A murder charge has been dismissed against a Davenport woman accused of fatally shooting her husband in January 2017, after a judge found there was “no reasonable likelihood” she can be restored to competency.
The charge against Shiela J. Jasper, 53, in the death of Mark Jasper, 64, was dismissed without prejudice, meaning prosecutors can refile the charge at any time.
That is not likely to happen, Scott County Attorney Mike Walton said Monday.
“Her condition is not the type of thing that’s going to change,” he said.
Court records show that Judge Stuart Werling ordered Jasper to be released to the custody of Vera French Community Medical Center or her guardian on May 7.
Werling said in a written order he made his decision after reviewing evaluation reports from two doctors.
Defendants can be found not competent to stand trial if they suffer from a mental disorder that prevents them from appreciating the charges, understanding the proceedings or assisting effectively in their defense.
Iowa law mandates the case be dismissed if a defendant cannot be restored to competency.
Prosecutors have the option to seek a civil commitment if a defendant is a danger to himself or herself or others.
Those proceedings are closed from the public. Walton said Monday he cannot comment on civil commitment proceedings.
Jasper’s attorney, Miguel Puentes, said Monday he was not authorized to comment on the case.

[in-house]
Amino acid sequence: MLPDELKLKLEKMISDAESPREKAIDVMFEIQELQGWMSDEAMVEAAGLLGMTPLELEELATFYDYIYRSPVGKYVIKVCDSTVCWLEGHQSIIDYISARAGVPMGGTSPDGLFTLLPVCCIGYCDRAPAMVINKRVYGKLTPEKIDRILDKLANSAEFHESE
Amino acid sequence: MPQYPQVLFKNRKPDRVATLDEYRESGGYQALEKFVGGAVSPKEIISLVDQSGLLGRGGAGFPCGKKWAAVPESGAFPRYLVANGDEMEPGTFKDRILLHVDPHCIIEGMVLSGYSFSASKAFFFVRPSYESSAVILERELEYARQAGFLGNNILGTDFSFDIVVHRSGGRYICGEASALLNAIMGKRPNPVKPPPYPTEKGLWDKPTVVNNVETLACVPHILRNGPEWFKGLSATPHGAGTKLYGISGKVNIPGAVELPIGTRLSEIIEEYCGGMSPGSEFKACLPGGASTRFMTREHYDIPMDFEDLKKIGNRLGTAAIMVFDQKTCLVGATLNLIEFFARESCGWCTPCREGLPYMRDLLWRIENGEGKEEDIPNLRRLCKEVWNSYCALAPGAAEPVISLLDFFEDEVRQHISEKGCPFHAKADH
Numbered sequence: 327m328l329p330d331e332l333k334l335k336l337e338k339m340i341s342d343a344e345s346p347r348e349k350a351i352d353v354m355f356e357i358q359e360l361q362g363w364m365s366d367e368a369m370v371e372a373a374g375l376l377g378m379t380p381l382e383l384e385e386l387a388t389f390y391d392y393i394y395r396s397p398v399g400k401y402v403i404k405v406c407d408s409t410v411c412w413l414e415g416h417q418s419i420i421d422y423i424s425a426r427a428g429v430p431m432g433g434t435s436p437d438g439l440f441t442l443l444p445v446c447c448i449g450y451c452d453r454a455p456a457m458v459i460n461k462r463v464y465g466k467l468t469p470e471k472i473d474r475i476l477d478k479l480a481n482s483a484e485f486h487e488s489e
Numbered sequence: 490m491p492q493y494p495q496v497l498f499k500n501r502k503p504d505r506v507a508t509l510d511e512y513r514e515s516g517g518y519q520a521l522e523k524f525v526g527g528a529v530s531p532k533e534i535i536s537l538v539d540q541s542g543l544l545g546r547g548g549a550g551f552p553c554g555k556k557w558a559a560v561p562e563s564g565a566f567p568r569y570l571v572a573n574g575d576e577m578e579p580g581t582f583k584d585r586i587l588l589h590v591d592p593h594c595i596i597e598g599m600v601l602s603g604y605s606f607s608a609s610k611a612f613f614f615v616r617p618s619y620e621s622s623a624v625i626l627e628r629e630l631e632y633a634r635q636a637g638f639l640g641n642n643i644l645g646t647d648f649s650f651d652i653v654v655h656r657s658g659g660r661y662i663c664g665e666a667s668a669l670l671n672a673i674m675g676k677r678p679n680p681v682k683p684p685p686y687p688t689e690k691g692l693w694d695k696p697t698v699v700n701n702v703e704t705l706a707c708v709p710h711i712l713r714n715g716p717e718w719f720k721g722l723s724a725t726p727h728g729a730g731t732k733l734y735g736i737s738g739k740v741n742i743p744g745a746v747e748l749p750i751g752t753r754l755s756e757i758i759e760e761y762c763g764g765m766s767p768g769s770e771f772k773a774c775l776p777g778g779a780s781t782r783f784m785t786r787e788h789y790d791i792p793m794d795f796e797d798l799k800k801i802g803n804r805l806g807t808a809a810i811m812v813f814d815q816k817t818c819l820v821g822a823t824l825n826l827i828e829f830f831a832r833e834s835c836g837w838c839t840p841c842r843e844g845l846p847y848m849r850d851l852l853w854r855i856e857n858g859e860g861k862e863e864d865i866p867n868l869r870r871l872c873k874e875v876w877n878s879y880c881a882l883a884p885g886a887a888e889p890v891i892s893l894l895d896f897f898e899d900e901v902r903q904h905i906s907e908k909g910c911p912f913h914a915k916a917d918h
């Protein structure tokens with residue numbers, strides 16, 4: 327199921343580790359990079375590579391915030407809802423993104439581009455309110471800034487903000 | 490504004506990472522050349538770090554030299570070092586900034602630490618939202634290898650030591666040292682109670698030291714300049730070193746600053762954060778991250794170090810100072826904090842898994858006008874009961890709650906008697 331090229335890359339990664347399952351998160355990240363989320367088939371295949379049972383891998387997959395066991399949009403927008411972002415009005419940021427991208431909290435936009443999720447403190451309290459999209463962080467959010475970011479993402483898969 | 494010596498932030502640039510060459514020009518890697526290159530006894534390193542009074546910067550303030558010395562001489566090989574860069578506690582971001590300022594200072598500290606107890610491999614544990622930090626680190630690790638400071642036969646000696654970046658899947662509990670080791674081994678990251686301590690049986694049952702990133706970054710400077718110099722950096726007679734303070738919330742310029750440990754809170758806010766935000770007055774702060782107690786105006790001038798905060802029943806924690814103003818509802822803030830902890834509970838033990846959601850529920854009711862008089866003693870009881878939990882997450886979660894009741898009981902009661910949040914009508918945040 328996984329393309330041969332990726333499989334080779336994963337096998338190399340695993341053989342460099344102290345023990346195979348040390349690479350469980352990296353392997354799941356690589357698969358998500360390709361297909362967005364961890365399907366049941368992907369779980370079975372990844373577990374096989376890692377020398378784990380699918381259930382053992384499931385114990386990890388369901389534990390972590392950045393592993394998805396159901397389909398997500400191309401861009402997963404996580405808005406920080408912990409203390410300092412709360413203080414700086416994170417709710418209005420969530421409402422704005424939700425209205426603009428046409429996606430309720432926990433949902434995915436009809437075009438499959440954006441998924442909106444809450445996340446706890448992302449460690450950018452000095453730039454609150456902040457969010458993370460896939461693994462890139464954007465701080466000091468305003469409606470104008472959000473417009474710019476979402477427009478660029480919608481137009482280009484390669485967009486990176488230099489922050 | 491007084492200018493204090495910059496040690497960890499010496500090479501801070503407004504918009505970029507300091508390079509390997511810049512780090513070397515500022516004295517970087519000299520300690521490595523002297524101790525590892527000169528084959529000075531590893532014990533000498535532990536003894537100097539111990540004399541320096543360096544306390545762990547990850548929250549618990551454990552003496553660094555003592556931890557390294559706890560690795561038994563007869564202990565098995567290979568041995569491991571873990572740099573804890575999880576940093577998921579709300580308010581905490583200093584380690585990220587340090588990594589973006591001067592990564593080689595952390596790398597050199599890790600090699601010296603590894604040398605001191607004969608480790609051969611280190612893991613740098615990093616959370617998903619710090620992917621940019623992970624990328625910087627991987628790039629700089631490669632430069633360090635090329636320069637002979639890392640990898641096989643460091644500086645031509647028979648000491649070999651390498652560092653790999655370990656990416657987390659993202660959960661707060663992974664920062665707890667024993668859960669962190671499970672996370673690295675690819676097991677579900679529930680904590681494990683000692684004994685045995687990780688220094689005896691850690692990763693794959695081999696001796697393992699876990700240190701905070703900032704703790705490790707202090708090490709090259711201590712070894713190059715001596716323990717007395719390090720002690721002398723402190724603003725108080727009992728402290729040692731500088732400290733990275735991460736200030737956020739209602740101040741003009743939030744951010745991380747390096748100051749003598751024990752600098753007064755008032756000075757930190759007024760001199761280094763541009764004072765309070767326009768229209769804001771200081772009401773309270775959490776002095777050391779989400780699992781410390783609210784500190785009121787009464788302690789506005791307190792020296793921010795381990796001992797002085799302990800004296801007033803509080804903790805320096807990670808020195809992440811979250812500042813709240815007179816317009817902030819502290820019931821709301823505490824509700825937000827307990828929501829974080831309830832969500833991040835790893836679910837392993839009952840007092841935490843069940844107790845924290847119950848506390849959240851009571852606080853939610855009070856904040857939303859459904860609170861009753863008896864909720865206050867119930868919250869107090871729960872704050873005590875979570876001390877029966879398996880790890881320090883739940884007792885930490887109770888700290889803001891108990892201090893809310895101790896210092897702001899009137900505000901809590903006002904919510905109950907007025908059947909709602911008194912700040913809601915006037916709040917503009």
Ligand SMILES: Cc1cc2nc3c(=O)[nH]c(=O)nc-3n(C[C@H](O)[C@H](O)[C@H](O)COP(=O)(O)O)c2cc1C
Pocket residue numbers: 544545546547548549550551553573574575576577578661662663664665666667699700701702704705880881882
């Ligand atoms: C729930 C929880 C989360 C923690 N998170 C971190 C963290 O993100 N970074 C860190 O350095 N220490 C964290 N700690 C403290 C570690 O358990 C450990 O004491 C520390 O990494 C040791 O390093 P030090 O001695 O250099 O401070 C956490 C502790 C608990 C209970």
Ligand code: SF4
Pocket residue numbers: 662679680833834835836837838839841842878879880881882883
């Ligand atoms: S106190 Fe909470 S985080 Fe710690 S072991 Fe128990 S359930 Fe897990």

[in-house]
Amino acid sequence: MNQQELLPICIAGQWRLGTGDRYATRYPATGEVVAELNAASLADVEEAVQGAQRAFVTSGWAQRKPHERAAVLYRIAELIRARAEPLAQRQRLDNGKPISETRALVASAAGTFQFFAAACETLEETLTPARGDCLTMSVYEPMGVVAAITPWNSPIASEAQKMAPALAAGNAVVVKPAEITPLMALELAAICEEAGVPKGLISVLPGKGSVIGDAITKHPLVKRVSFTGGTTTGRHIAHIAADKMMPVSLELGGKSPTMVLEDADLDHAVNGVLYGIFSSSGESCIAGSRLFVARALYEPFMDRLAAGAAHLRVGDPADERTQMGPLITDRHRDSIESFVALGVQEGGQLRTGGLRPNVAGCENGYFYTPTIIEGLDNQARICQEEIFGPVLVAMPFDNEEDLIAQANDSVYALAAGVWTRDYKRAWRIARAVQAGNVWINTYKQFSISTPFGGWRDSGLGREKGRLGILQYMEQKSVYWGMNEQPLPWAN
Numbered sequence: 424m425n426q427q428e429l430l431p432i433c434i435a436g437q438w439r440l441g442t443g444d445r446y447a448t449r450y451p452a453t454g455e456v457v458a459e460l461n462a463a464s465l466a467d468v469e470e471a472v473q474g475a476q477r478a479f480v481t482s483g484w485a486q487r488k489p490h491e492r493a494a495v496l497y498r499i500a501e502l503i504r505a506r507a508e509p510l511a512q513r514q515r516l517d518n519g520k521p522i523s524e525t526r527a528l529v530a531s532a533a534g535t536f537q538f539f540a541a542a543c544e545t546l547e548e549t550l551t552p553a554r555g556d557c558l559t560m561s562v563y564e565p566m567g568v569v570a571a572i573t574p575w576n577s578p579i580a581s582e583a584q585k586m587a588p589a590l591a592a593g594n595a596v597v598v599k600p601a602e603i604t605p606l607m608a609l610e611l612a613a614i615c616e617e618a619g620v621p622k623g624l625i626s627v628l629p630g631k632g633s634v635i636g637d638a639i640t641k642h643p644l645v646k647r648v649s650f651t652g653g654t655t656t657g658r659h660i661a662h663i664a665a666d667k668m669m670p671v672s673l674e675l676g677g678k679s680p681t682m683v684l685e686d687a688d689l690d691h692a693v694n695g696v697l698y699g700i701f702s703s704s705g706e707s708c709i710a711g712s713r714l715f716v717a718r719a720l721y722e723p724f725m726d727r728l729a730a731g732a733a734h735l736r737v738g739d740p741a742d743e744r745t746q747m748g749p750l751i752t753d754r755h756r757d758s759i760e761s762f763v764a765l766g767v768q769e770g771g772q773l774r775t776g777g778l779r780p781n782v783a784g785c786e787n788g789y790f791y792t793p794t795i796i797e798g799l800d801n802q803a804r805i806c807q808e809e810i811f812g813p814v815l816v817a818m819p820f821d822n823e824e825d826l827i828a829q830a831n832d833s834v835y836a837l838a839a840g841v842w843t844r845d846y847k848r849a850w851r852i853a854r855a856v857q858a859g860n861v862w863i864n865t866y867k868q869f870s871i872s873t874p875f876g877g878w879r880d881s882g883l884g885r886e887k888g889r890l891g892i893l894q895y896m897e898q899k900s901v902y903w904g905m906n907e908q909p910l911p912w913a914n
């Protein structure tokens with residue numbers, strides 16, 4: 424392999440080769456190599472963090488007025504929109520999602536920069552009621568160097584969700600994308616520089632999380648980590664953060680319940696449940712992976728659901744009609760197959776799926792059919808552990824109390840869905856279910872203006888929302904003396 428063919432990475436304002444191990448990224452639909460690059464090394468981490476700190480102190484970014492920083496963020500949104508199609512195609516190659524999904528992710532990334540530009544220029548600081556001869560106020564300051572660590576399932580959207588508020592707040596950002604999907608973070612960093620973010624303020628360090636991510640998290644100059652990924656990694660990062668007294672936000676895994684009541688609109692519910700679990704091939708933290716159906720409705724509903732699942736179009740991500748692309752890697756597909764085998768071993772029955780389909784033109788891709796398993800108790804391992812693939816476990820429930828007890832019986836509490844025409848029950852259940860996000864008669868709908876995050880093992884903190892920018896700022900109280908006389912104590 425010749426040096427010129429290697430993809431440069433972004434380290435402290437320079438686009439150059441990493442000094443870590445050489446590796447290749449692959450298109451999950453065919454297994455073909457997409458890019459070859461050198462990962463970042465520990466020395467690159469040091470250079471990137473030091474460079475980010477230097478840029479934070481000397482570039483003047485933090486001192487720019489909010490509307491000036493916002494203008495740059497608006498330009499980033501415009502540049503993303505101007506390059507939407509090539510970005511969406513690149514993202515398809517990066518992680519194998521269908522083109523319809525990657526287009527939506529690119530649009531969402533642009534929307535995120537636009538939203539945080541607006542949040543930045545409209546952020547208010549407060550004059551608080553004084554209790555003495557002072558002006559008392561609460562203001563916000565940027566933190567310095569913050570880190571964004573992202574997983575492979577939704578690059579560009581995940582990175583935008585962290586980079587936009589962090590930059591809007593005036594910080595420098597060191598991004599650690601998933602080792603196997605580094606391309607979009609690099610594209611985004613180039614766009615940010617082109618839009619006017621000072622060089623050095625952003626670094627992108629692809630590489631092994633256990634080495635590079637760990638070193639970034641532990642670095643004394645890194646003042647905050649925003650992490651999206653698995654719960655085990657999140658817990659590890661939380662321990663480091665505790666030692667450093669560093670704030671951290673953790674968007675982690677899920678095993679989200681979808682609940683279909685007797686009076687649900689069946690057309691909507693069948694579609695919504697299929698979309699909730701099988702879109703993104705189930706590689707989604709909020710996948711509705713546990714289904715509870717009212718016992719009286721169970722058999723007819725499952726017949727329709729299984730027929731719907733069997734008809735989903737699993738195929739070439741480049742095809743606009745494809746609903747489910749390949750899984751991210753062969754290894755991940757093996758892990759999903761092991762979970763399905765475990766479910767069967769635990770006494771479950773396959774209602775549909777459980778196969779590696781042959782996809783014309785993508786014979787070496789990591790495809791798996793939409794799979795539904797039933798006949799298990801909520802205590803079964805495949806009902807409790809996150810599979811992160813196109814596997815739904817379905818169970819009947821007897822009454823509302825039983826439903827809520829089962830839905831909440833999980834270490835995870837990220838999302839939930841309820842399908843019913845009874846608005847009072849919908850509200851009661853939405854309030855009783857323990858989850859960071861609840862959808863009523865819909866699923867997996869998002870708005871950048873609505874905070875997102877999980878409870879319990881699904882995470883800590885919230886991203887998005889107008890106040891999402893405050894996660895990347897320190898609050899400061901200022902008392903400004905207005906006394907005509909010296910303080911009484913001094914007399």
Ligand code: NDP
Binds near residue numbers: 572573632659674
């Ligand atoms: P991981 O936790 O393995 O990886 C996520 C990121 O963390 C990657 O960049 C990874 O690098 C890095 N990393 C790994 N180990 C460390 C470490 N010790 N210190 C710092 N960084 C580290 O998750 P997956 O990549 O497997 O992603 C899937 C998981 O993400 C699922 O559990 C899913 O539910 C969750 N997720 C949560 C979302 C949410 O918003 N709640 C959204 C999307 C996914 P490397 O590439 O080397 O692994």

At 10:10 p.m. Jan. 7, 2017, Davenport police responded to the Jasper's home in the 2300 block of North Ripley Street and found Mark Jasper dead from a gunshot wound.
According to an arrest affidavit filed in support of the criminal complaint, Shiela Jasper told police she shot her husband while he was asleep in a living room chair, using his revolver, which was sitting on a computer desk in the basement.
She covered his face with a towel and waited several hours before contacting a mortuary to collect his body, according to the affidavit.
The proceedings were suspended against Jasper in May 2017 after former Judge Paul Macek found probable cause she was not competent to stand trial.
Macek ordered her to be evaluated at the Iowa Medical and Classification Center in Coralville and directed she receive treatment, if deemed necessary.
Walton said he believed this was the first time in this tenure as county attorney that a murder case was dismissed because the defendant could not be restored to competency.
“In this particular case, because of her medical condition, I would say it’s not as frustrating as it might have been in a case where I questioned the medical condition,” he said. “This was a case there was no real issue, there was no controversy about what her status was.”